# Weighing gas in a vacuum?

• I
• fourtay
After 40 years of advertising its lager as "Probably the best beer in the world", Danish brewer Carlsberg has confessed that the famous slogan may not be true.In summary, the Carlsberg lager may not be the best beer in the world.f

#### fourtay

Is it possible to weight a gas in a container surrounded by a vacum? I am arguing with flat-earthers on how gas weight is determined.

I just assumed that you can weigh a gas by placing it in a container on a scale inside a vacum. I think this was wrong. Can you do this or must you weight gas another way?

First, arguing with a flat-Earther is the definition of a complete and utter waste of time.

Second, yes that would work. Why would you think it would not? I'm assuming you mean a vacuum chamber, say on the surface of the Earth, not in free fall.

russ_watters
I don't remember ever wanting to, but I think that would be a great way to weigh gasses. It totally eliminates the problem of buoyancy, and you could weigh both helium and hydrogen like all the other gasses.

Is it possible to weight a gas in a container surrounded by a vacum? I am arguing with flat-earthers on how gas weight is determined.
Welcome!
What the argument of the flat-earthers is?

What the argument of the flat-earthers is?
Phinds has it right. Better to bang your head on a wall.

How are you going to convince a fool that 2+2=4, if he flat out denies that 1+1=2?

Is it possible to weight a gas in a container surrounded by a vacum? I am arguing with flat-earthers on how gas weight is determined.

I just assumed that you can weigh a gas by placing it in a container on a scale inside a vacum. I think this was wrong. Can you do this or must you weight gas another way?
In order to weigh something all you need is mass and gravity, gravity is a field that extends into vacuum just as in air and a "gas container" is a substance of mass , so the answer is a simple yes you can weigh it wherever you wish. But it's weight would change depending on the local gravity of the place you weighed it at.
At moon surface for example it would be many times less than on Earth etc.

Their argument is that there is no observable example of gas pressure without a container. They believe there is a "cap" or a "lid" to the earth. They don't believe gas pressure can be caused by gravity. I am using the argument that all gasses have weight, therefore gas pressure is caused by gravity.
One of them called me a liar when I said you can weigh gasses in a container, inside a vacuum.

And I agree, that arguing with flat-earthers is a waste of time, I find it fun to see the different mechanisms that convince these people, and to poke holes in their arguements. Not sure how much longer I will talk to them.

Lnewqban
If you could lay your hands on some Uranium Hexafluoride then you could pour some into a tin foil boat nestled on a scale.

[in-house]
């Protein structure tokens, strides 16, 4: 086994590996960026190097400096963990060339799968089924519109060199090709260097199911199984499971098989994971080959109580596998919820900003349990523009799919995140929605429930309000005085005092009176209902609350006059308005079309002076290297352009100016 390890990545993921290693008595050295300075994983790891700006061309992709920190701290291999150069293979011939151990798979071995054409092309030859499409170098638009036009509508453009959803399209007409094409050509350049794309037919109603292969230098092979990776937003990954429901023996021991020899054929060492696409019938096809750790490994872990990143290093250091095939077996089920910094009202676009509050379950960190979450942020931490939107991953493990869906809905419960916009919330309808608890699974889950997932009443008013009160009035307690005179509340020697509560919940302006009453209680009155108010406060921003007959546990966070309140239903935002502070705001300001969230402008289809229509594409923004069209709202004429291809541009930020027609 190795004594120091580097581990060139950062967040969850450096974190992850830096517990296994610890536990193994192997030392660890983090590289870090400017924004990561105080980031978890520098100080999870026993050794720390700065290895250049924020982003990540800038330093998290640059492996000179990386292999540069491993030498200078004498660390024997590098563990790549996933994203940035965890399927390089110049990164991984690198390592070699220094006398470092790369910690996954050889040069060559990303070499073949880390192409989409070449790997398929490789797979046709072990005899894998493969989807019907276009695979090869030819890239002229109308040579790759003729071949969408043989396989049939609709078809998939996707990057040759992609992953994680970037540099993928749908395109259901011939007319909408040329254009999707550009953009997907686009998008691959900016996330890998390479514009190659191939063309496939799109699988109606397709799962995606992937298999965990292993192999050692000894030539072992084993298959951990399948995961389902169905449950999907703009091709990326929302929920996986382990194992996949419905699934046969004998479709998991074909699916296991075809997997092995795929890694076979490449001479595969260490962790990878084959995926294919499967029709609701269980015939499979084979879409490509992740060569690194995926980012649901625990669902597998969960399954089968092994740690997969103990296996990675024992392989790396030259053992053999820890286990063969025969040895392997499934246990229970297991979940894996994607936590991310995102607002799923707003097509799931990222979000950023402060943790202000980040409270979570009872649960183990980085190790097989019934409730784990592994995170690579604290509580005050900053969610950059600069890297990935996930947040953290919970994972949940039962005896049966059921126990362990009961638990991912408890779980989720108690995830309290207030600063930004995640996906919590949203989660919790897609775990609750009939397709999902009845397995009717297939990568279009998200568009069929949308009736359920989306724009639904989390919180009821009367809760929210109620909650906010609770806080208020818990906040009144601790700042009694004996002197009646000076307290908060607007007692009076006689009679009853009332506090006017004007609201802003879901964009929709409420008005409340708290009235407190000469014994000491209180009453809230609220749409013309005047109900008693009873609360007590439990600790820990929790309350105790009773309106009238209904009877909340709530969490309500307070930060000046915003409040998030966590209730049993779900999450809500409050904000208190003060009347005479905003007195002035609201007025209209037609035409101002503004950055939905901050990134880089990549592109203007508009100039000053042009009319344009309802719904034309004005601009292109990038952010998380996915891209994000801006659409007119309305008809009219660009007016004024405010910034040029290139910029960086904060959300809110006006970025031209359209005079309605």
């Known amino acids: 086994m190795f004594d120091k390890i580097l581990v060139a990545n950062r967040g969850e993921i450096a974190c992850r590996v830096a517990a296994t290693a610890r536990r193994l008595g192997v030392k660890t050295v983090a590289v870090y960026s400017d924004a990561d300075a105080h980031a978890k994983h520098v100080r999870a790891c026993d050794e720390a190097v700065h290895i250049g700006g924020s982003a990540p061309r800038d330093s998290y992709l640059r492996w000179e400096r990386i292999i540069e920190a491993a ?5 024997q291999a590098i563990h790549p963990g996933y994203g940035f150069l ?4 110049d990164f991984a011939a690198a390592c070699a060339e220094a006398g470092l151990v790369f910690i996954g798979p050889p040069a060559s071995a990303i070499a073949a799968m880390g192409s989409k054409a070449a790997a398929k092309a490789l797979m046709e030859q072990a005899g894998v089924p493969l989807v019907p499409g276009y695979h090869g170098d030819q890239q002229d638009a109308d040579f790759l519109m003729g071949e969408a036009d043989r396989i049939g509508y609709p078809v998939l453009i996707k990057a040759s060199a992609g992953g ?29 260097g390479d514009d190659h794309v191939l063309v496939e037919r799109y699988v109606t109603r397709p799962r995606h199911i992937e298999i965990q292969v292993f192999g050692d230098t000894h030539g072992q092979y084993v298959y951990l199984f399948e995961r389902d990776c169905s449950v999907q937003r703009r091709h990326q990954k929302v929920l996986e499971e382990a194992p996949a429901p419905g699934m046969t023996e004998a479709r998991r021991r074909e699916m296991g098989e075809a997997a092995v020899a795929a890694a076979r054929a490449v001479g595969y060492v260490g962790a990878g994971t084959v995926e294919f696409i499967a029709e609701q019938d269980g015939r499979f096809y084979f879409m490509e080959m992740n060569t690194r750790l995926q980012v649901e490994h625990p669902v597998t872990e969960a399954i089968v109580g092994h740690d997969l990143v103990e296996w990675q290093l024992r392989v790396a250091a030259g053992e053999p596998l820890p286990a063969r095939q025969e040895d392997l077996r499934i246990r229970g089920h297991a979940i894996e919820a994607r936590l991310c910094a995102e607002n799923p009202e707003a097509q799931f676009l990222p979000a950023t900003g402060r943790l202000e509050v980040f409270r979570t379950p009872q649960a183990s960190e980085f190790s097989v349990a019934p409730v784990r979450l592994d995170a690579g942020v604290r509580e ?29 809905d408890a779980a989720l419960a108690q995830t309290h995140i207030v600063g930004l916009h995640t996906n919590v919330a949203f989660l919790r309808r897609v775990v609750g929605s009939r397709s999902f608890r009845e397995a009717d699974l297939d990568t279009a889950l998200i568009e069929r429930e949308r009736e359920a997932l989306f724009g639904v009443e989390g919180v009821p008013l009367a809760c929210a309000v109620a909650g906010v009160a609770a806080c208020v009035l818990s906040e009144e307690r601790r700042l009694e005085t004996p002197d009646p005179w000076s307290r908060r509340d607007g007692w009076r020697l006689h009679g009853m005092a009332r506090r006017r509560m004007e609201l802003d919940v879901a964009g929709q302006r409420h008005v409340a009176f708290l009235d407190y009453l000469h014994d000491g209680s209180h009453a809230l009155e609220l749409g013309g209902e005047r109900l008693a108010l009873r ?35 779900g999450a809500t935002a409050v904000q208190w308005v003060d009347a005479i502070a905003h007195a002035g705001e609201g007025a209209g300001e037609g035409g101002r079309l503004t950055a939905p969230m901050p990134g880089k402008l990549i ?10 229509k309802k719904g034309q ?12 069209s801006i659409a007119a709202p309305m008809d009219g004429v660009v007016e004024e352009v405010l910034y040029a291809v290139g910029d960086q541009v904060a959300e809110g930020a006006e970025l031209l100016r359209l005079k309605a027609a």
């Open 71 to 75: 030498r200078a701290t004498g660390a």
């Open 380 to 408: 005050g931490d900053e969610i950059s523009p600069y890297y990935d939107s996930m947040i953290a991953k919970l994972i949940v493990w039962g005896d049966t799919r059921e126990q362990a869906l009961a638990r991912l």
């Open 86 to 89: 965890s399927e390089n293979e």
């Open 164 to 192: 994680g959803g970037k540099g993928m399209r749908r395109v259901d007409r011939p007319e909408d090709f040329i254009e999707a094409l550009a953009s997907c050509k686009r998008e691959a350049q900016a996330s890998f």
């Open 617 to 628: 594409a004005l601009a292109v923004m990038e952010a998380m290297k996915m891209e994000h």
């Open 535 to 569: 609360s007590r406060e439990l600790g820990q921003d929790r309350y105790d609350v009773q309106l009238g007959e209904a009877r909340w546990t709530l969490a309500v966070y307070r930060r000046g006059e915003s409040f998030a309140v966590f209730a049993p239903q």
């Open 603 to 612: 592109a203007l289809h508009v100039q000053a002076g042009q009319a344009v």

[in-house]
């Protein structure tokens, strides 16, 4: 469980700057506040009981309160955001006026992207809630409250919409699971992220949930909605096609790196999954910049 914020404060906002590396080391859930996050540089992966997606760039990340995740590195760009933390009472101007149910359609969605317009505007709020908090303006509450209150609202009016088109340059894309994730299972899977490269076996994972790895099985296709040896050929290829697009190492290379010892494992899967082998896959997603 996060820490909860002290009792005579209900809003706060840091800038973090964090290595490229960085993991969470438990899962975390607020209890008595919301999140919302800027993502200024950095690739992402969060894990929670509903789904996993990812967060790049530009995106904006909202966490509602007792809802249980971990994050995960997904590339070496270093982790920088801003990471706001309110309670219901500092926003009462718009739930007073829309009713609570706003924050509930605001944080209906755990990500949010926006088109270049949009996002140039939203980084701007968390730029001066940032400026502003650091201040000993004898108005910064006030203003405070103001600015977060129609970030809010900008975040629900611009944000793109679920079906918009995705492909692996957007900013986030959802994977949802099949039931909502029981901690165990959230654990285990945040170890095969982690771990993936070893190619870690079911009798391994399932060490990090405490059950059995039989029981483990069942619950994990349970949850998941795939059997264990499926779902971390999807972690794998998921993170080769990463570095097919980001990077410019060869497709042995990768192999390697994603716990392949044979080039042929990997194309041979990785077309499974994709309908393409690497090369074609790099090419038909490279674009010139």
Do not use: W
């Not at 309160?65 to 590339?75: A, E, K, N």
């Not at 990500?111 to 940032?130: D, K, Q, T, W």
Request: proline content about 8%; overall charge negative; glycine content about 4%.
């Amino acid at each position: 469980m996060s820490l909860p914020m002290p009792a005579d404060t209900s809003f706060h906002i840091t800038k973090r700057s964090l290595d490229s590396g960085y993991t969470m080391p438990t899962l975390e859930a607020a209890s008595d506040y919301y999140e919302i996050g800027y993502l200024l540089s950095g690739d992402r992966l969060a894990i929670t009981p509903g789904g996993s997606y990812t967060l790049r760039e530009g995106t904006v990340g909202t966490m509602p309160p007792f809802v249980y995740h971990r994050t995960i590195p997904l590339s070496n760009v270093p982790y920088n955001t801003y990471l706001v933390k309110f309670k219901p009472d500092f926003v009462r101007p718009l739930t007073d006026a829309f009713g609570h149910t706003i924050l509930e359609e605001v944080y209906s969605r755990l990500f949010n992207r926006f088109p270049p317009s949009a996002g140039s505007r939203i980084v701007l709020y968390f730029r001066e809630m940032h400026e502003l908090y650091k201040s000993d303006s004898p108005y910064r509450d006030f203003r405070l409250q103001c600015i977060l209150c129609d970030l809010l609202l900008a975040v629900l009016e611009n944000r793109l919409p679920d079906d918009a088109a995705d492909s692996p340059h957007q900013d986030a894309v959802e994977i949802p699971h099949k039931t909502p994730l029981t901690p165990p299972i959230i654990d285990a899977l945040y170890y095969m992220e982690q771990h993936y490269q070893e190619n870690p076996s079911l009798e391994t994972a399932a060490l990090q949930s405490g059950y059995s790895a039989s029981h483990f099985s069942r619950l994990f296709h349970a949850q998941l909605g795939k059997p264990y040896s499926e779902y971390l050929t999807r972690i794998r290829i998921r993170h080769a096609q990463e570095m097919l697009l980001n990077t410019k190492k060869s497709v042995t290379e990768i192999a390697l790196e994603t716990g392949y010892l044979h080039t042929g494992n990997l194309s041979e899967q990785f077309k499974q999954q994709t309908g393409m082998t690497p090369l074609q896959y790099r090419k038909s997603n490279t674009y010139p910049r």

Is it possible to weight a gas in a container surrounded by a vacum? I am arguing with flat-earthers on how gas weight is determined.
That's easy. Weighing a gas-filled container was one of the first experiments that the Apollo astronauts did. They were so happy with the results that they took a break to celebrate...

https://wallpaperaccess.com/full/7181200.jpg

russ_watters and phinds
Their argument is that there is no observable example of gas pressure without a container...
One of them called me a liar when I said you can weigh gasses in a container, inside a vacuum.

"A learned blockhead is a greater blockhead than an ignorant one." - Benjamin Franklin

"Ignorance is preferable to error, and he is less remote from the truth who believes nothing than he who believes what is wrong." - Thomas Jefferson

"The recipe for perpetual ignorance is: Be satisfied with your opinions and content with your knowledge." - Elbert Hubbard

DaveC426913 and berkeman
That's easy. Weighing a gas-filled container was one of the first experiments that the Apollo astronauts did. They were so happy with the results that they took a break to celebrate...

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https://wallpaperaccess.com/full/7181200.jpg
https://www.independent.co.uk/news/...best-beer-in-world-lager-brewer-a8874016.html

After 40 years of advertising its lager as "Probably the best beer in the world", Danish brewer Carlsberg has confessed that the famous slogan may not be true.
Now we have to find out on which planet it might be the best beer. I see you go for moon...

PS. The Police should remake their famous single to "drinking on the moon"

Their argument is that there is no observable example of gas pressure without a container. They believe there is a "cap" or a "lid" to the earth. They don't believe gas pressure can be caused by gravity. I am using the argument that all gasses have weight, therefore gas pressure is caused by gravity.
What an odd take, with no direct relevance to flat Earth that I can see. You should tell them crackpottery works better when it is simple/concise; The more features you add, the wronger it gets.

And are they unaware that the altimeter on a plane uses the difference in air pressure to measure altitude? Have they never driven up a large hill and had their ears pop?
One of them called me a liar when I said you can weigh gasses in a container, inside a vacuum.
Ok, but why bother with a vacuum? You don't need it. If you have access to an air compressor or scuba tank you can simply weigh it on a scale directly (then again empty).